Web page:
Surry softball gives back to those less fortunate


Members of the Surry Community College softball team with the presents and boxes they filled in December for Operation Christmas Child. The Knights continue to make a global impact far beyond the softball field with their involvement in the program to help needy children around the world.


Courtesy photo

Last spring the Surry Community College softball team made its first appearance in the College World Series. And now for the third straight year, the Knights continue to make a global impact far beyond the softball field with their involvement in Operation Christmas Child.

A campaign in which small shoeboxes are filled with toys, school supplies, personal items and other small gifts, Operation Christmas Child distributes these boxes to less fortunate children in more than 100 countries. A Christian organization, Operation Christmas Child also strives to teach children about the love of God. This past December, Surry softball players contributed to Operation Christmas Child by filling boxes for numerous needy children around the world.

“It’s something we have done in the past and the girls enjoy doing it. We asked them if they wanted to try something else and this is what they wanted, which is fantastic. They just jumped right in it,” said SCC softball coach Blaine Bullington. “We have 16 girls on our team but they turned in 22 boxes. They love going out and finding things for that age group and they did a fantastic job. It’s fun for them, but we also know it is going for a worthy cause.”

Bullington said the Knights’ involvement with Operation Christmas Child began three years ago with former player Sarah Scott, now a senior at Piedmont Bible College. Scott is still involved with the Knights as she takes the team’s contributions with her to a distribution center in Charlotte each year.

One of Surry’s newest players, freshman Erynne Chalk from Hickory, is carrying on Scott’s love for the Operation Christmas Child program. Chalk put together four boxes of her own this year as part of the program. It’s something the Fred T. Foard graduate has been doing for the past several years with her mother, Julie Chalk.

“Every year my mom and I take them to different places depending on our schedules. She takes them to a church back home or the local Chick-fil-A and we try to do boxes for two boys and boxes for two girls each year,” Erynne said. “It’s exciting watching some of the videos online of the kids opening their gifts. It’s amazing to see the looks on their faces and how happy they are to get the littlest of things.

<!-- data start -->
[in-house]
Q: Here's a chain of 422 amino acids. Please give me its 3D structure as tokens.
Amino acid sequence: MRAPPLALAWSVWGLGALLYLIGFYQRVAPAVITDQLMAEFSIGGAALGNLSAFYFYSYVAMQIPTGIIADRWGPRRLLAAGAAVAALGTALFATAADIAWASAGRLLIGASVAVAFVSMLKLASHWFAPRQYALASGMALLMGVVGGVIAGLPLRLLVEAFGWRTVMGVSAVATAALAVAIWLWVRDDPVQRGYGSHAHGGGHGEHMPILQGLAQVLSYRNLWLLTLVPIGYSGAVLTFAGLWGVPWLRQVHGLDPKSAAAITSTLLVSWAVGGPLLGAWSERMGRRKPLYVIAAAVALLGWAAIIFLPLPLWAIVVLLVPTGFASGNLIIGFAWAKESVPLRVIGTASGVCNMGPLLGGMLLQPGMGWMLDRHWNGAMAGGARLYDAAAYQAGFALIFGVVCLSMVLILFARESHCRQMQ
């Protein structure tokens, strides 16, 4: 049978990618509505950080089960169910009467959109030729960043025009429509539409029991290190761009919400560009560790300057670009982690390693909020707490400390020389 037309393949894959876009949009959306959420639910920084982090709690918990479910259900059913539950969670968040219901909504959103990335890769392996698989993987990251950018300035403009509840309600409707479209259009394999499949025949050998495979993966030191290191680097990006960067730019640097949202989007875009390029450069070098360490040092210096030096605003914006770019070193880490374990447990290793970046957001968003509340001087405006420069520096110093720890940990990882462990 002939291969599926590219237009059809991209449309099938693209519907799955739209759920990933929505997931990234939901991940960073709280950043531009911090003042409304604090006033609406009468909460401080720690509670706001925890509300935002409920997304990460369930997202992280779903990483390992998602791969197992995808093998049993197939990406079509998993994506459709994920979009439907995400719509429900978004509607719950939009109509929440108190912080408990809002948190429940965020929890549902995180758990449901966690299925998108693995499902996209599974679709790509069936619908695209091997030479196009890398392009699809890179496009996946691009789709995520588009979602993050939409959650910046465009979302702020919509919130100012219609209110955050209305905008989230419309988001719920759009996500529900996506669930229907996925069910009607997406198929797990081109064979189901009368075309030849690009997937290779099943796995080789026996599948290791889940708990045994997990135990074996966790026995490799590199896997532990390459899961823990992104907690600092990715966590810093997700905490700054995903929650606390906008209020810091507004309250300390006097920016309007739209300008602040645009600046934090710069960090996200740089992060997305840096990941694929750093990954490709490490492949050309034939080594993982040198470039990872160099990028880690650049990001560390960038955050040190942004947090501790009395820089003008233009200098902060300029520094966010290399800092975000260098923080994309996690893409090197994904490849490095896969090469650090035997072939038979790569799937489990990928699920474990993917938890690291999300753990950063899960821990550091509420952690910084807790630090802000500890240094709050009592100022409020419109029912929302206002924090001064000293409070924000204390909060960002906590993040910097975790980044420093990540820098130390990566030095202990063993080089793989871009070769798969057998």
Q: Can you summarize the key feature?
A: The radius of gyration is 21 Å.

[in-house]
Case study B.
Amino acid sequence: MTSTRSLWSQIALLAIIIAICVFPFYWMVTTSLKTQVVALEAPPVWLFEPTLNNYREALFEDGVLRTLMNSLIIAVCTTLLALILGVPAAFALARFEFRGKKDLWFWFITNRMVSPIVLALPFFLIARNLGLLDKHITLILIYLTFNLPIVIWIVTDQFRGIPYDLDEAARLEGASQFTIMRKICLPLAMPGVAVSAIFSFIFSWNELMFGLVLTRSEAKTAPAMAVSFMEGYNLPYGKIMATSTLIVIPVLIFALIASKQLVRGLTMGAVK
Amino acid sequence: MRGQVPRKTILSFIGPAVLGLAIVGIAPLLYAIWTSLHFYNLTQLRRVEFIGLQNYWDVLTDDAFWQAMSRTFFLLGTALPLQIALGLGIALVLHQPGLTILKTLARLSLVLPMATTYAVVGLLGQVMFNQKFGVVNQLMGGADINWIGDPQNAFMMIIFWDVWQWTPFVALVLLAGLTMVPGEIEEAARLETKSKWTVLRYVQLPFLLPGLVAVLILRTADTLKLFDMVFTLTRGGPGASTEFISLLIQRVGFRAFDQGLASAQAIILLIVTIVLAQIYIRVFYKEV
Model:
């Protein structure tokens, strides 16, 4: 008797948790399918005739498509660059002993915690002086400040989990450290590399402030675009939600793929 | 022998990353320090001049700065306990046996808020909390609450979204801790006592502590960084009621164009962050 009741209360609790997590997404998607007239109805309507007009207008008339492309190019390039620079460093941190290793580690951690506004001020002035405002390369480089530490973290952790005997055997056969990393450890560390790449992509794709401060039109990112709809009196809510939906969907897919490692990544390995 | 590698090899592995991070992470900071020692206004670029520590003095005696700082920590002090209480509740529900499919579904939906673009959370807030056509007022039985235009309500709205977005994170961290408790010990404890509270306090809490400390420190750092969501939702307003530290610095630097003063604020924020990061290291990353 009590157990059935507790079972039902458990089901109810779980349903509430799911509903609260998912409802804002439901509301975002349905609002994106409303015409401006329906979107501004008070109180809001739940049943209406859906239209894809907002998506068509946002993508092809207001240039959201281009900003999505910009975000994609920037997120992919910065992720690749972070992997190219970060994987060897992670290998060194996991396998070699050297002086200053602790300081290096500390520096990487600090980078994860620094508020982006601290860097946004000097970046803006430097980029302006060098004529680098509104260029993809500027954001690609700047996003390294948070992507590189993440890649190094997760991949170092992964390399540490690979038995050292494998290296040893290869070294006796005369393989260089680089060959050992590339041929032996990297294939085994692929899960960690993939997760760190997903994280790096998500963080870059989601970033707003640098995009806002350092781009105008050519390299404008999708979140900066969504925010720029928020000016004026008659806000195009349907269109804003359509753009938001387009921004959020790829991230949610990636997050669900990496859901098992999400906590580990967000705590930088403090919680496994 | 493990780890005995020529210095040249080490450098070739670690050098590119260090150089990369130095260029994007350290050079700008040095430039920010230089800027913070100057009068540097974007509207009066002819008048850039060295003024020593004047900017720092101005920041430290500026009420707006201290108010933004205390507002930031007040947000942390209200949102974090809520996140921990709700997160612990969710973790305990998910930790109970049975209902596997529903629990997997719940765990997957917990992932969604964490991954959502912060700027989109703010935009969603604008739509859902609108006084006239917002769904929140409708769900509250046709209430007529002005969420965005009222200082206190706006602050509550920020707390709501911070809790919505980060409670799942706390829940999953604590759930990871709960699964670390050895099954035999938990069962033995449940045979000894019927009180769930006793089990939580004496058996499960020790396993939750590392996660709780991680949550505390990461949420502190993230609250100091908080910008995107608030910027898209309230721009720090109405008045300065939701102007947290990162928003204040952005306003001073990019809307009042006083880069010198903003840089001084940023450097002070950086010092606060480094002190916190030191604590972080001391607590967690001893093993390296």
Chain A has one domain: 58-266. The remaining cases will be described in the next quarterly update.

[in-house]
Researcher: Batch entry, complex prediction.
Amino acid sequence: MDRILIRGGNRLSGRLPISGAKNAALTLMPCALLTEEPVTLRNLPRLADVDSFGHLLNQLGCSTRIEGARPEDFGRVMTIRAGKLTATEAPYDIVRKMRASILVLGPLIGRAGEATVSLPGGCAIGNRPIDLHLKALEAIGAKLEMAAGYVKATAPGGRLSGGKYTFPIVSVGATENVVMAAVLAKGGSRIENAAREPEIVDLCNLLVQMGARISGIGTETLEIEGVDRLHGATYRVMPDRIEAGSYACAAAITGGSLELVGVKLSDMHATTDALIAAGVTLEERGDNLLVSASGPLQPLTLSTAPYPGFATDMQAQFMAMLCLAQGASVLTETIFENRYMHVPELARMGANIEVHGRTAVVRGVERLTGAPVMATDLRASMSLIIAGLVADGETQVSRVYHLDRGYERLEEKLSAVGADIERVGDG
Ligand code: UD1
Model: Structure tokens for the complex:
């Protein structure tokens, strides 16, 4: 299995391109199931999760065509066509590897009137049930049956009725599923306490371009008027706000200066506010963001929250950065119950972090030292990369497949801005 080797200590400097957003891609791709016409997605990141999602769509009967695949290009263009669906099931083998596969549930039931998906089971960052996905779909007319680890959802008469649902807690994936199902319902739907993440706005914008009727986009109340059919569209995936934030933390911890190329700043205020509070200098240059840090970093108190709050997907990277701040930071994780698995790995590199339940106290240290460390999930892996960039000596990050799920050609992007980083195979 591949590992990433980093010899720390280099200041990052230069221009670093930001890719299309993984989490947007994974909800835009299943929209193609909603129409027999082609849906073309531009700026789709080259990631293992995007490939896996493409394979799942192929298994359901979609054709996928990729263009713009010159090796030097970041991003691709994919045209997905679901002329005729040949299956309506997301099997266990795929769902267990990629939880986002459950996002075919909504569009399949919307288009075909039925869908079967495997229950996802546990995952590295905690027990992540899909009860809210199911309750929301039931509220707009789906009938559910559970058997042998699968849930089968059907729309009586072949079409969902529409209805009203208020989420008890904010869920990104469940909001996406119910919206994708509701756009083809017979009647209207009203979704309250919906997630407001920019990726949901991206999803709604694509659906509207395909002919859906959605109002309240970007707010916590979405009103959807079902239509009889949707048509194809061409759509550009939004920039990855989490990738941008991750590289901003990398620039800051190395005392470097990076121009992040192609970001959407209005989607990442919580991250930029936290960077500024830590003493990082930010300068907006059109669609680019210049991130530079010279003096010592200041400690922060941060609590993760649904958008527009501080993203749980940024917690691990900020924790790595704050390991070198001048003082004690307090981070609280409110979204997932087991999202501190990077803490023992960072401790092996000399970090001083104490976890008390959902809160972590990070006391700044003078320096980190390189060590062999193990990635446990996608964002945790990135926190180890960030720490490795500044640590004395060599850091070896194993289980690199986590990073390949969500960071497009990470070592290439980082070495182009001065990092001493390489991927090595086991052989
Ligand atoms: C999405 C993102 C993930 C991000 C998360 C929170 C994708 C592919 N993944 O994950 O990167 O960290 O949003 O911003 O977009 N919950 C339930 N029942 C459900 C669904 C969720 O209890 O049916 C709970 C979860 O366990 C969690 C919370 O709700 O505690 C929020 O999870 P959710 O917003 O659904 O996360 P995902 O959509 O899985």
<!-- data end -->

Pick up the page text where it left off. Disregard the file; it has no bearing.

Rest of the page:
Compared to what I get for Christmas and seeing the less fortunate people, it makes me feel grateful for what I have and what my parents provide me with.”

Bullington said participating in Operation Christmas Child is a great experience for the players. Not only does it provide a bonding opportunity for incoming freshmen with the Knights’ sophomores, it also affords them the chance to learn the importance of giving.

“They enjoy the opportunity to play softball, but they are fortunate to have that. And for us as a team, we need to give back any way we can,” Bullington said. “They take this and they love to do it. It is our duty to do good things and perform good work. Softball is great and they love to play, but there is a whole lot more to life than just softball.”

Surry Community College opens the softball season Feb. 6 at Guilford College. The Knights will host their home openers Feb. 13-14 in Dobson against USC-Sumter.

Members of the Surry Community College softball team with the presents and boxes they filled in December for Operation Christmas Child. The Knights continue to make a global impact far beyond the softball field with their involvement in the program to help needy children around the world.
http://thestokesnews.com/wp-content/uploads/2016/01/web1_Softball-Gifts.jpgMembers of the Surry Community College softball team with the presents and boxes they filled in December for Operation Christmas Child. The Knights continue to make a global impact far beyond the softball field with their involvement in the program to help needy children around the world. Courtesy photo
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